. At this time and in this country, no man could be a popular , leader who had not kindly feelings towards the common people. We *If anybody has earned a pension, Lord BROUGHAM has. We refer to his yptoperty, not as having been unworthily bestowed, but to mark the respect 7vrluch, whether reasonably or from prejudice, is given to the owner of here- ' "'Mary acres. There are many in this country who think the Duke of NEW-. 'CASTLE more likely to be conservative of "property" than even the Duke of WELLINGTON. have heard Lord DURHAM almost reproached—and by Reformers too—with having " no fear" of the populace. Reporters of his con- versation say, that he talks of the working classes as always meaning well, and as being misled when they seem to mean evil. • He is said to preach this doctrine with respect to the now irritated masses—that the fault is with Reformers of the higher classes, who have neglected them since they helped to carry the Reform Bill; that their disappointment at the results of that measure is not surprising ; that the designs of their flatterers, who would incite them to violence, may be easily frustrated by treating them with kindness and confidence, and by reasoning with them frankly and fearlessly in opposition to their present impracticable schemes ; and above all, that it is the first duty of the Legislature to care for their wellbeing, and to qualify them as soon as possible for the enjoyment of the elective franchise. We cannot assert positively that our information is correct ; but all this is strictly in accord- ance with Lord DURHAM'S proceedings at Glasgow in 1834. If by these, or any other mums, he should know how to allay the storm which has been raised by Lord MELBOURNE'S utter indif- ference to the happiness of the millions, he would indeed deserve the support of all Reformers. Apropos of economical questions, in which the working classes are so deeply interested : Lord DURHAM has recently joined in the cry of " Ships, Colonies, and Commerce." We conclude that he means thereby—what we have ever meant when using those words— pod government for the Colonies, and the removal of all restric- tions on trade, including the Corn-laws. There are some who flatter themselves that he meant to speak favourably of our present Colonial system of bounties, monopolies, and misrule. They will be wofully disappointed, we venture to opine. But it is highly de- sirable for Lord DURHAM'S sake, that frIl doubt on the subject should be speedily removed. A deliberate policy of which the effect should be to extend the colonial and commercial fields of employ- ment for capital and labour, would do more to pacify the working classes than even the kindest manner towards them, or a thousand arguments. Lord Mnr,uouaNE seems to have no policy but to conciliate the Tories and stick close to the Queen ; Lord Jonx Itrsstml. tells us that his policy is to give "preponderance to the Landed Interest ;" and the Tory leaders must concur with him. If Lord Dun IIAM should set against theirs the policy which we have indicated, then might Mr. TA IT safely exclaim, his "day has conic." It must not be forgotten, however, that Lord DURHAM'S reputa- tion, as a statesman generally, is now upon its trial. His career in Canada, though very short, must have given many opportunities of reforming practical abuses. Did he seize, or did he neglect them ? We shall soon know ; and shall thus learn whether he possesses another quality which is essential to the character of a popular leader now-a-days—the inclination and the capacity for practical reforms. He has promised " a representation of facts wholly unknown here, and disclosures of which the Parliament and the People of this country have no conception." Until these shall be made, no "rational" " Reformer, nor any one who loves justice, will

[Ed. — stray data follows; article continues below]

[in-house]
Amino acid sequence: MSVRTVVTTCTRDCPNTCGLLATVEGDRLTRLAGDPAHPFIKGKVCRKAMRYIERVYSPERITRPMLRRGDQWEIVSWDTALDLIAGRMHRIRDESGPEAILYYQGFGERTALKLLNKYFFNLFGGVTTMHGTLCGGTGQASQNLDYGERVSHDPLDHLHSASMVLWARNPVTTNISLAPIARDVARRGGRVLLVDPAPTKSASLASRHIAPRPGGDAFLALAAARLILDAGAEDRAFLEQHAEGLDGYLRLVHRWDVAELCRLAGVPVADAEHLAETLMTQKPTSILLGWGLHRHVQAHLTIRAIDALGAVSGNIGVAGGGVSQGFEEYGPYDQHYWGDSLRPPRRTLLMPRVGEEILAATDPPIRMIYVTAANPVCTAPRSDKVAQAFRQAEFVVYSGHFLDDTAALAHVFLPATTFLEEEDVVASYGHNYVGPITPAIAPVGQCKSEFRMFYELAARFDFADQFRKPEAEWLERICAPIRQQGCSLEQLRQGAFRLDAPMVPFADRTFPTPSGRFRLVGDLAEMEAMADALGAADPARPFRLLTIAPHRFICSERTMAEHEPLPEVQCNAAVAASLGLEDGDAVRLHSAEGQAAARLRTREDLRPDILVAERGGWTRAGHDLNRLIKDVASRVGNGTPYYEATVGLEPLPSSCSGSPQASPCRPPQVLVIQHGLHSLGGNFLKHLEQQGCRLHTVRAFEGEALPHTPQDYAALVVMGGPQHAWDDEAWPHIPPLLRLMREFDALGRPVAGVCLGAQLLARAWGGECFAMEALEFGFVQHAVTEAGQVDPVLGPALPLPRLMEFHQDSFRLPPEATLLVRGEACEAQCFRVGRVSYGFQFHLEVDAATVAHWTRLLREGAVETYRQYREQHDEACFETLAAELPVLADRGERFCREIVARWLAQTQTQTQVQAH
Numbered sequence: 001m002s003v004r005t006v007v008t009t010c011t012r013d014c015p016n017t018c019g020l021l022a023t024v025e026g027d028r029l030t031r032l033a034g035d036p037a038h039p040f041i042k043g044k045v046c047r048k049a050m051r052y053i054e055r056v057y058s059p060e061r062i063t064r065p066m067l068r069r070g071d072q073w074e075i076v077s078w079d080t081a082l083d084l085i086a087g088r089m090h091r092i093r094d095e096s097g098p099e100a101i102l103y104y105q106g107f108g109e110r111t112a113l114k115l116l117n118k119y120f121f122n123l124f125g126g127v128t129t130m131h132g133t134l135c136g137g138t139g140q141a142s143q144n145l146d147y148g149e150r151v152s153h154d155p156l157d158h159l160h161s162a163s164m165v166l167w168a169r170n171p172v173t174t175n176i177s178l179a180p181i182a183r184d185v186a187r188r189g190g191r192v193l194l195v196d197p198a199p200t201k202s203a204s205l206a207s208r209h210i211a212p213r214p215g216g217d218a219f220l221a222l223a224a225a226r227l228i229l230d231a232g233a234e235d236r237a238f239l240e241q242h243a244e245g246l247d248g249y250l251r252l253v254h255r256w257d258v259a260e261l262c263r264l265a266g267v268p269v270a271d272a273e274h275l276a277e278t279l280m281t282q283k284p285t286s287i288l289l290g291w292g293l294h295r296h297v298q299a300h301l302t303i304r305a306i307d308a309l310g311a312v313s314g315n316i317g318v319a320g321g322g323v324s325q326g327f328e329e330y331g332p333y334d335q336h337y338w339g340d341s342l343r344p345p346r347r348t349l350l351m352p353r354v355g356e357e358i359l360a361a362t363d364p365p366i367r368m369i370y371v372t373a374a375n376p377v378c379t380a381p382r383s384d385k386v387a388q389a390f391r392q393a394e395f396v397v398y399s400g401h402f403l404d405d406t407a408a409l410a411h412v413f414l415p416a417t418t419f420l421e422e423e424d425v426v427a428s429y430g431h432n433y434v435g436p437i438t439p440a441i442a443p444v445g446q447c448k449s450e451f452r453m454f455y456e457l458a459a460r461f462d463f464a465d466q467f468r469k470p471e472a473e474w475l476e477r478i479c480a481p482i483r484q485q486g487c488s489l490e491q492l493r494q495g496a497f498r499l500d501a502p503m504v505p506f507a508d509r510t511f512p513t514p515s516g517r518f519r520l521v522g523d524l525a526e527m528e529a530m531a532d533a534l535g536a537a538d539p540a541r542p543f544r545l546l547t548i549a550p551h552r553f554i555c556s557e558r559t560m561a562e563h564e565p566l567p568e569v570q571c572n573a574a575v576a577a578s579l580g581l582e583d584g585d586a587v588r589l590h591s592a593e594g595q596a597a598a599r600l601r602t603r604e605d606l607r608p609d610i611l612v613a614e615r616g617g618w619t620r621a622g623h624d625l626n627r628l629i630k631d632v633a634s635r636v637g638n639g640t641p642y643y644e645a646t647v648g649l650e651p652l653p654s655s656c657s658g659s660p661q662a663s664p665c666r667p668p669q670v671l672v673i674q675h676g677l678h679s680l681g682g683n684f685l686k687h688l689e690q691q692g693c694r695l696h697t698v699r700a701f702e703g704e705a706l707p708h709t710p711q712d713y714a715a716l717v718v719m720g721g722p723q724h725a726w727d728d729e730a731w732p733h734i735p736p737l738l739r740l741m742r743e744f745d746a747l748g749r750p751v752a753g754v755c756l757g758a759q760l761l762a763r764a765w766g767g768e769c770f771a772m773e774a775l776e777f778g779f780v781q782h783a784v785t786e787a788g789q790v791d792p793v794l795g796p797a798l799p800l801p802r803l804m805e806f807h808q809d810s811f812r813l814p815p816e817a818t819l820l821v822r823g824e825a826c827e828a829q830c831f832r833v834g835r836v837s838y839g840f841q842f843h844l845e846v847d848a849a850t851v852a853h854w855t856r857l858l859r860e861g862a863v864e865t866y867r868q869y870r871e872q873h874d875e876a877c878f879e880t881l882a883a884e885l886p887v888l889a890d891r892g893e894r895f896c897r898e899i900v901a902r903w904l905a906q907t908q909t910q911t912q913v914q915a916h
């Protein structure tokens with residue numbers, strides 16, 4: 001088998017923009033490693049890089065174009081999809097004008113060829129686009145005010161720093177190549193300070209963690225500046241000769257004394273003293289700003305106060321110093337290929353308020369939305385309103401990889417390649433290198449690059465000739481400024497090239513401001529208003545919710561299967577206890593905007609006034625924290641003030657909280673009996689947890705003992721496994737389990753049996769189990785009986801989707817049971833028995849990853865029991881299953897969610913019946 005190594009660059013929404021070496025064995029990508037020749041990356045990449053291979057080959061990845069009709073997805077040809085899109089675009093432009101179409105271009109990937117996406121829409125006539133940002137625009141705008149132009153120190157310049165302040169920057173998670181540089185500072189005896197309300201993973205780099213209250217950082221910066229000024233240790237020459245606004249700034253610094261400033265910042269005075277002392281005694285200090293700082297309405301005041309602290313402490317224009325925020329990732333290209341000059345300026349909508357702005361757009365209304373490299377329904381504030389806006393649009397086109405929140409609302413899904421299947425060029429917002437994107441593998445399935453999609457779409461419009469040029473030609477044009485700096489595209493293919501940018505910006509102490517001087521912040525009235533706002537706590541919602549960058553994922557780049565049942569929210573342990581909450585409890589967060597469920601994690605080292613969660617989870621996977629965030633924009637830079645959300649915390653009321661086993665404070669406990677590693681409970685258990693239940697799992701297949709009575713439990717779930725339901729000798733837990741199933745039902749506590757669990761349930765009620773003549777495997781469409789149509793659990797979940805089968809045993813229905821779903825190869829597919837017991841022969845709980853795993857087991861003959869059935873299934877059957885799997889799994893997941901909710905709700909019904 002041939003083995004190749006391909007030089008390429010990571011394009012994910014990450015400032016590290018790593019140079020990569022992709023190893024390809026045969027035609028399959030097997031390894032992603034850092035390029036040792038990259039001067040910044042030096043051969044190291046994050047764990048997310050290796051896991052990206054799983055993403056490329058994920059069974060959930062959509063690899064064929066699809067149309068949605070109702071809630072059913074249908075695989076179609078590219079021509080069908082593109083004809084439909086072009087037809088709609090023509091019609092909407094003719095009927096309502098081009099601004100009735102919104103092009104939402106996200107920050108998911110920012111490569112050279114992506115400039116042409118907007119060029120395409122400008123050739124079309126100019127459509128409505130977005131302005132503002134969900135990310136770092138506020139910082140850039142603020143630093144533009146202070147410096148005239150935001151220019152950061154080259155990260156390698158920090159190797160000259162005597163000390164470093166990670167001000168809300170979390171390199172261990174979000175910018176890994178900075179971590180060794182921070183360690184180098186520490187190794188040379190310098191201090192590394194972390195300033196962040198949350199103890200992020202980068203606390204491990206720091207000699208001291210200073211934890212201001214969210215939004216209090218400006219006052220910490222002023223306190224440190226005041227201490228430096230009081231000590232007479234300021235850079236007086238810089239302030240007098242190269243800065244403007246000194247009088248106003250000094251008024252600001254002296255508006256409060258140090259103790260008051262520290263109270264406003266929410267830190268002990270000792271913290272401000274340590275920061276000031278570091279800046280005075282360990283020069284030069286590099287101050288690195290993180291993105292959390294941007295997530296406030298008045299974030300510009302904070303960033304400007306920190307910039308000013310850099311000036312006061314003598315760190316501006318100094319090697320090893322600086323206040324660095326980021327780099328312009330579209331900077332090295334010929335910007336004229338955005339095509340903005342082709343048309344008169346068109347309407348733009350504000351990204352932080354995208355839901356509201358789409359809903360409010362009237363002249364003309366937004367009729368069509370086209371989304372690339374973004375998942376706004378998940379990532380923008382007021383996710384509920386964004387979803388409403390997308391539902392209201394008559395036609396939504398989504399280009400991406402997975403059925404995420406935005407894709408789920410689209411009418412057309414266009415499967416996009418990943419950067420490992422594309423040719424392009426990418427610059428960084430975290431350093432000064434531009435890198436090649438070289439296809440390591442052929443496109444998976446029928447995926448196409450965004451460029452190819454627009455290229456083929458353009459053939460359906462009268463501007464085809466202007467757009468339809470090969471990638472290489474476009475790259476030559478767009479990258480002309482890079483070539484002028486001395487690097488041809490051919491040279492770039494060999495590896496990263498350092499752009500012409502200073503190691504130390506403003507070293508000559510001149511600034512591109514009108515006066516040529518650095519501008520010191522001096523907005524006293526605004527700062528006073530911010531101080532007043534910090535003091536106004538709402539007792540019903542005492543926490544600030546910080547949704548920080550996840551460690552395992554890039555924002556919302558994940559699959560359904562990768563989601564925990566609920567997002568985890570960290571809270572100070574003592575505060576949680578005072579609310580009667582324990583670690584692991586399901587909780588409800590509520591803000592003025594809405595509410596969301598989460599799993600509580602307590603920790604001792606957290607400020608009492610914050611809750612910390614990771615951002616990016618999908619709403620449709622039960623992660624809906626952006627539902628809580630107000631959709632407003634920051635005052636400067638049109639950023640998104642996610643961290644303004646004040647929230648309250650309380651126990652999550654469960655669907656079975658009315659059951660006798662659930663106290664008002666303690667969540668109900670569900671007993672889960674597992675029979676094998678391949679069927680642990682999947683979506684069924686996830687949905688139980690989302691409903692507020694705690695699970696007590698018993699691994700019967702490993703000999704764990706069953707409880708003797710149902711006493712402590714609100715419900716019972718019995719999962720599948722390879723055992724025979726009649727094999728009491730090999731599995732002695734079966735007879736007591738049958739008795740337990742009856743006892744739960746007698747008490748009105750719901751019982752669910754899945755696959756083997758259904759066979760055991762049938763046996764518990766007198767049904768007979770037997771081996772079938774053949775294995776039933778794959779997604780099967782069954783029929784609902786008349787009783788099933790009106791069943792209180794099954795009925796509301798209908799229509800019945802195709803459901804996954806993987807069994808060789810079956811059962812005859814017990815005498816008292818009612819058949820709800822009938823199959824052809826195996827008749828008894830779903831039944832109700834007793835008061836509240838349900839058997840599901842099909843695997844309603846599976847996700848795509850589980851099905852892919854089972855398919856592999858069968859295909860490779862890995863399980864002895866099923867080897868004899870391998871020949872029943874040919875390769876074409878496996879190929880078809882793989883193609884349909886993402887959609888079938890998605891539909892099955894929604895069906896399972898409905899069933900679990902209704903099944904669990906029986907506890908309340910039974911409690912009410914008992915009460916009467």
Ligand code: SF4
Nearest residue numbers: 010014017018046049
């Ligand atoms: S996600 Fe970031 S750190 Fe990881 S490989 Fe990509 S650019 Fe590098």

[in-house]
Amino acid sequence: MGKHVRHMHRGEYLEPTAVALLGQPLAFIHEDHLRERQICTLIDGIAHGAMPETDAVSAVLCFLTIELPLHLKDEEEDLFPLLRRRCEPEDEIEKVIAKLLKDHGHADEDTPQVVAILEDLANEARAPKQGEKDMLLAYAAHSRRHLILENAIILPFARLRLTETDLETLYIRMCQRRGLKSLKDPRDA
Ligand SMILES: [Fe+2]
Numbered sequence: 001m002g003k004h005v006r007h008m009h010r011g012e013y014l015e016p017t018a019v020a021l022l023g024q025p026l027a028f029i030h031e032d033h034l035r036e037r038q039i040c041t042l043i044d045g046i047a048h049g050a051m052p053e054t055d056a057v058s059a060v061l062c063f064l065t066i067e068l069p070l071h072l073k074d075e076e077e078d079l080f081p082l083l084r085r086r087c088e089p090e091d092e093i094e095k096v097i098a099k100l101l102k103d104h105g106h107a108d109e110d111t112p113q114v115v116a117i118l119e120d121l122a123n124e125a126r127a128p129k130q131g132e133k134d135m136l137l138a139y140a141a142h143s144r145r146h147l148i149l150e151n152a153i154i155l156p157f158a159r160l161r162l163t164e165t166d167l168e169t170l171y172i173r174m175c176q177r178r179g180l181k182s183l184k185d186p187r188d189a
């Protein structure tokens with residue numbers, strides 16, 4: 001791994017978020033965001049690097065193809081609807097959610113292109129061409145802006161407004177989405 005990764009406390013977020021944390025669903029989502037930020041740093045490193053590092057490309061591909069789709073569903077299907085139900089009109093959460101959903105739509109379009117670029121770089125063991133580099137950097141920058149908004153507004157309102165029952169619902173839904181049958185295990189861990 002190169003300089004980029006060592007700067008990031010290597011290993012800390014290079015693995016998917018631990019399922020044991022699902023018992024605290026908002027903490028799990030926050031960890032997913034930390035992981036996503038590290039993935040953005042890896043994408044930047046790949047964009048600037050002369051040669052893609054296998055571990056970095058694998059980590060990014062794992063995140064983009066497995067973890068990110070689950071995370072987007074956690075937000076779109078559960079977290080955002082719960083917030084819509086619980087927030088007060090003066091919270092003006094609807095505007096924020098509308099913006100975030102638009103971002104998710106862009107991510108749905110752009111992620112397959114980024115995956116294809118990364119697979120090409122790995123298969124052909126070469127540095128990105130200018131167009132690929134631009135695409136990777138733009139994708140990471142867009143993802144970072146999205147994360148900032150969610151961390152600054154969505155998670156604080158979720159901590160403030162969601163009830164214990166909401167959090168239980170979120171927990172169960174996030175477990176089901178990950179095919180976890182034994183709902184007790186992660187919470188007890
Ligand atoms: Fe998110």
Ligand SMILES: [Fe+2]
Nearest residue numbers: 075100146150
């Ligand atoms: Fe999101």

form a final opinion as to Lord Pianist's conduct of his Canadian mission. We will wait patiently, and even hope for the best. But one remark suggests itself at present. The " dis- closures" are said to relate in part to abuses of government hitherto concealed. However great those abuses and unsparing the exposure of them, that exposure, though much good may come of it, will not serve Lord DuattAm's reputation unless the public learn that he intended to make the exposure befiwe his career was in- terrupted. If it should only appear that his virtuous indignation at abuses arose after he had been thwarted by the proceedings here, he might as well, or had even better, with a view to his own character, say nothing about them. This point must be narrowly watched.

And it is not Lord DURHAM'S reputation, as affected by the Canadian case, that is alone upon its trial. His fitness to act as a popular leader is on the point of being tried by a severer test than any estimate of ours. The opportunity has never occurred before. It now invites him, not to declare in words, as Tait and others pro- pose, but to show by deeds that he has the capacity fur action. We speak not of invitation by persons or bodies, but of the inviting state of the public mind and of public affairs. Never was there a finer opportunity of making a great and powerful party. Ile who makes such a party will lead it. Lord DURHAM, by his proceedings in Scotland in 1834, actually made a party. He declined leading it then ; and it has broken up during his absence flxnn the country. Can he restore it, as lie made it, not by treating with any one or with many, but by well-calculated, self-relying, and vigorous action ?

If—but enough of ifv, in which we have dealt so largely that this might be termed a hypothetical view of Lord DURHAM'S posi- tion and character with reference to popular leadership. The manner has resulted from caution dictated by experience. Our " harping," as the Globe terms it, " on the, DURHAM policy," has taught us a lesson which will not be soon forgotten. And the MELBOURNE practice has RO damaged the character of all Liberals, that we should be shy of giving any but "qualified and condieional" support, even to one apparently better suited than Lord DURHAM to lead the Rdformers, if such a person were in existence.